Make your own cheese spread, Labneh. Easy and delicious!
Breakfast in the Middle East. There’s black coffee. Pita. Chopped cucumbers and tomatoes. Olive oil to drizzle at will. And labneh, a thick, yoghurt-based cheese whose sour taste perfectly complements vegetables, bread like zalabya, and olive oil. Labneh is as easy to make as our ricotta recipe. All you need is plain yoghurt and salt. Fancy equipment? Well, how about a clean kitchen towel and a colander, and a bowl? Because that’s all you need to make this versatile white spread.
3 cups plain white yogurt
1 teaspoon salt
- Mix the yogurt and the salt well.
- Place a wide, thin kitchen towel or several layers of cheesecloth in a colander (or sieve), and pour the salted yoghurt into it.
- Gather up the corners of the cloth and tie them into a knot. Place a bowl under the colander to catch the dripping whey or hang the bag over the sink. Note: a brand-new, freshly washed cloth diaper works very well too.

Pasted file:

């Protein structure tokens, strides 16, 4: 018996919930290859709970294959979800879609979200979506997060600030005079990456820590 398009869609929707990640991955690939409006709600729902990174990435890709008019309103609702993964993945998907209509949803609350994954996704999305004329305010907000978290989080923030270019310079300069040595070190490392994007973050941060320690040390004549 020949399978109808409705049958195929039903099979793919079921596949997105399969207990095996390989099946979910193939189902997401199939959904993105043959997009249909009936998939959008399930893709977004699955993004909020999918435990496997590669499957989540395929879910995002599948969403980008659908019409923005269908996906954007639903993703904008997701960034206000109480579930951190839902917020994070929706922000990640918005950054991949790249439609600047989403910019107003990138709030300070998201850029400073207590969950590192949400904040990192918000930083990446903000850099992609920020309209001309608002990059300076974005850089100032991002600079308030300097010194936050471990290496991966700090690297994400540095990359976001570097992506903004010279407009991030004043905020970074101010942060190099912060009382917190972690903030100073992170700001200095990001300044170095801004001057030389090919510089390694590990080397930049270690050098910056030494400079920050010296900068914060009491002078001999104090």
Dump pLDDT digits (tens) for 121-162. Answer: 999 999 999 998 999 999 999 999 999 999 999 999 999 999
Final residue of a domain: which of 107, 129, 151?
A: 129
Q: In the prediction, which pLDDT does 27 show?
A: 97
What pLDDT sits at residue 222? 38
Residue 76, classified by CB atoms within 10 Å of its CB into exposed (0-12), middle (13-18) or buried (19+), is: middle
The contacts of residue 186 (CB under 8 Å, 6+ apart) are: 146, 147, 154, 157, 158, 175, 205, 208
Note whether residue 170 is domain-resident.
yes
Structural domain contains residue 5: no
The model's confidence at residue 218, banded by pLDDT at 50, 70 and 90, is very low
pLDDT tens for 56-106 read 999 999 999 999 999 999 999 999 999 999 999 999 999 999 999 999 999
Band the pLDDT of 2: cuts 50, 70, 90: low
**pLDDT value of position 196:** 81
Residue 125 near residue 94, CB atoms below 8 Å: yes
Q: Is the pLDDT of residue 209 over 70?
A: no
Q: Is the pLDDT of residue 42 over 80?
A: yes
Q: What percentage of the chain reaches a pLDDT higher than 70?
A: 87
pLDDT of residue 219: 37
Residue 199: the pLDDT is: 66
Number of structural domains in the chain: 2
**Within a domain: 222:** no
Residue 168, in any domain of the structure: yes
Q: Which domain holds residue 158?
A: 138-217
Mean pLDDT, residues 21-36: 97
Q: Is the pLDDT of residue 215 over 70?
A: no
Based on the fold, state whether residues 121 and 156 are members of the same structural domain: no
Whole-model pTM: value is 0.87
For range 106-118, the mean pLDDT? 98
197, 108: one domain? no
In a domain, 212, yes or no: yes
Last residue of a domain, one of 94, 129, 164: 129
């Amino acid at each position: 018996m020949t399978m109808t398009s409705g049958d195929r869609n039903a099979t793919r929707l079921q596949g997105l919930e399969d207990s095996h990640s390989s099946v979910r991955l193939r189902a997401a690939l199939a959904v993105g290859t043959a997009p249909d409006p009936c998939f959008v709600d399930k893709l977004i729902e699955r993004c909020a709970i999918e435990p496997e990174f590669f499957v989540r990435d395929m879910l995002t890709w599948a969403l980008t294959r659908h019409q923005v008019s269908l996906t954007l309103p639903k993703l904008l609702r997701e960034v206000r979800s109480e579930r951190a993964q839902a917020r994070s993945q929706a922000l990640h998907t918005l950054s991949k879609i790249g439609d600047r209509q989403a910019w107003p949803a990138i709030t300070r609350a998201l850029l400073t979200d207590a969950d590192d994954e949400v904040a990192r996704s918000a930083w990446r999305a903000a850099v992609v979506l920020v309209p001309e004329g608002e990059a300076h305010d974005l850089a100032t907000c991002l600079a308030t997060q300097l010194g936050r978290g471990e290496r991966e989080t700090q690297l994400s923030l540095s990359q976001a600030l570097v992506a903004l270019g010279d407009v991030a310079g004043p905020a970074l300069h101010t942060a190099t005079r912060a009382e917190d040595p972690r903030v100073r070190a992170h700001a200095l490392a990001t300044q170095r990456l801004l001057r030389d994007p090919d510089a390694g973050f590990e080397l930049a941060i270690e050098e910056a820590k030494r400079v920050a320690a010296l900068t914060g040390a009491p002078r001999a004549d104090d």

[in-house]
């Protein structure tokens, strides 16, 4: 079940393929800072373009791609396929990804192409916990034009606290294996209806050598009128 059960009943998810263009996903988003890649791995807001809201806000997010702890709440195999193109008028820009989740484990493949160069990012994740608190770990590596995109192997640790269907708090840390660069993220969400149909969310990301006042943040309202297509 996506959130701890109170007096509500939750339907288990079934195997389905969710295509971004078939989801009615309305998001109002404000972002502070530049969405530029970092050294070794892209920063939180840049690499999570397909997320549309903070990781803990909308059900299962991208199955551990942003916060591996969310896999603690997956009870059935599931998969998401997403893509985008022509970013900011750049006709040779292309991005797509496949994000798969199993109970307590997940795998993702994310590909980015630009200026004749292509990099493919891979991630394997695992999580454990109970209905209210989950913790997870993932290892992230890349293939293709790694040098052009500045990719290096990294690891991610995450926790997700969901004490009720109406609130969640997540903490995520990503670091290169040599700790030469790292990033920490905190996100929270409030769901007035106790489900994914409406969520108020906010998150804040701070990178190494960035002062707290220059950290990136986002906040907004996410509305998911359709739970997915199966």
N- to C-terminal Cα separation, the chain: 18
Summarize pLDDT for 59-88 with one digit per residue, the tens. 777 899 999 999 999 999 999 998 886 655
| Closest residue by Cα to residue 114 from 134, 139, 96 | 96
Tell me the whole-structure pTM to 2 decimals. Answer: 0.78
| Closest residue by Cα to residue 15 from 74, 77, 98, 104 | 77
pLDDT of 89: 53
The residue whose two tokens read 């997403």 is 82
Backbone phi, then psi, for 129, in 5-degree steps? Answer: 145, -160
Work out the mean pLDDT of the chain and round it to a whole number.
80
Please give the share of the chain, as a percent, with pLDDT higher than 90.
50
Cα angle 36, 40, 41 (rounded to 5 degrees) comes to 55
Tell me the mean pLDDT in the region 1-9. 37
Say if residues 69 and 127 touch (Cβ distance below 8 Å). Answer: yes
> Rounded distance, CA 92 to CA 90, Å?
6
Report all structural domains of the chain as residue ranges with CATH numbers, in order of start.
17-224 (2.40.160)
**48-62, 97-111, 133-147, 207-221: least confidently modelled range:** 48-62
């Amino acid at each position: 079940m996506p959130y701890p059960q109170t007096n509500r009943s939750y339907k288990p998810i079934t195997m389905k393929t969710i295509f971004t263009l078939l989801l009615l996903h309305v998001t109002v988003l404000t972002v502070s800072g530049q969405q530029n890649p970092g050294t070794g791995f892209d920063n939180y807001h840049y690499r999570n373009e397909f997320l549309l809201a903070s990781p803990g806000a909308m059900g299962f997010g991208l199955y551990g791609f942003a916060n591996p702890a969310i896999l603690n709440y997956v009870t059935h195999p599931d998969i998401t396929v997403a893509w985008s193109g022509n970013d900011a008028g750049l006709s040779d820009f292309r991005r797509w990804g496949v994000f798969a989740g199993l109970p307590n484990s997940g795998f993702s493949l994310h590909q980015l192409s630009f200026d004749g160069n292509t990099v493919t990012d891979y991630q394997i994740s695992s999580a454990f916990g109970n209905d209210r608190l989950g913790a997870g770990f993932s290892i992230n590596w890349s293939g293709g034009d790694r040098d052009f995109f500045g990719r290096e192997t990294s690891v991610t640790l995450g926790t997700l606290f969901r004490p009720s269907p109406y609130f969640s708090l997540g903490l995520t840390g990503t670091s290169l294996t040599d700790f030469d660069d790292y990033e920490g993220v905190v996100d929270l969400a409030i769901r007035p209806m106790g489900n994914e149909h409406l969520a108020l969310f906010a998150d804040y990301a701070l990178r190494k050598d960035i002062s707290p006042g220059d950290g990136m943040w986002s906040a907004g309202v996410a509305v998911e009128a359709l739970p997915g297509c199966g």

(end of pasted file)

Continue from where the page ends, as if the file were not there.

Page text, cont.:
- Let the labneh release whey and become thick over 24 hours. It will have a texture like rough cream cheese. If you let it dry out two days, it will become quite firm.
- Don’t throw the whey out! It’s full of protein. Use it in baking – our sourdough recipe is good for this.
- Open the bag and remove the cheese, using a spatula or the edge of a spoon. Store your labneh in the refrigerator for up to two weeks.
How To Serve Labneh:
- Spread it evenly over a medium-sized plate. Sprinkle with fresh seasonal herbs like mint, za’atar, or dill – or place a few olives around the center of the plate. Drizzle a thread of olive oil over all. Serve with pita or other fresh bread.
- Labneh may also be used as a substitute for sour cream in many recipes; for example, cheescake.
- If you allow your labneh to drain for 2 full days or more, obtaining a soft cheese, you can roll pieces up into balls the size of small eggs and marinate these balls in olive oil to cover, 2 peeled garlic cloves, and a tiny chili pepper. Labneh preserved this way will stay good for two months. It does become more sour as time passes, so taste it once in a while to see when you want to finish it up.
More classical Middle-Eastern recipes from Green Prophet: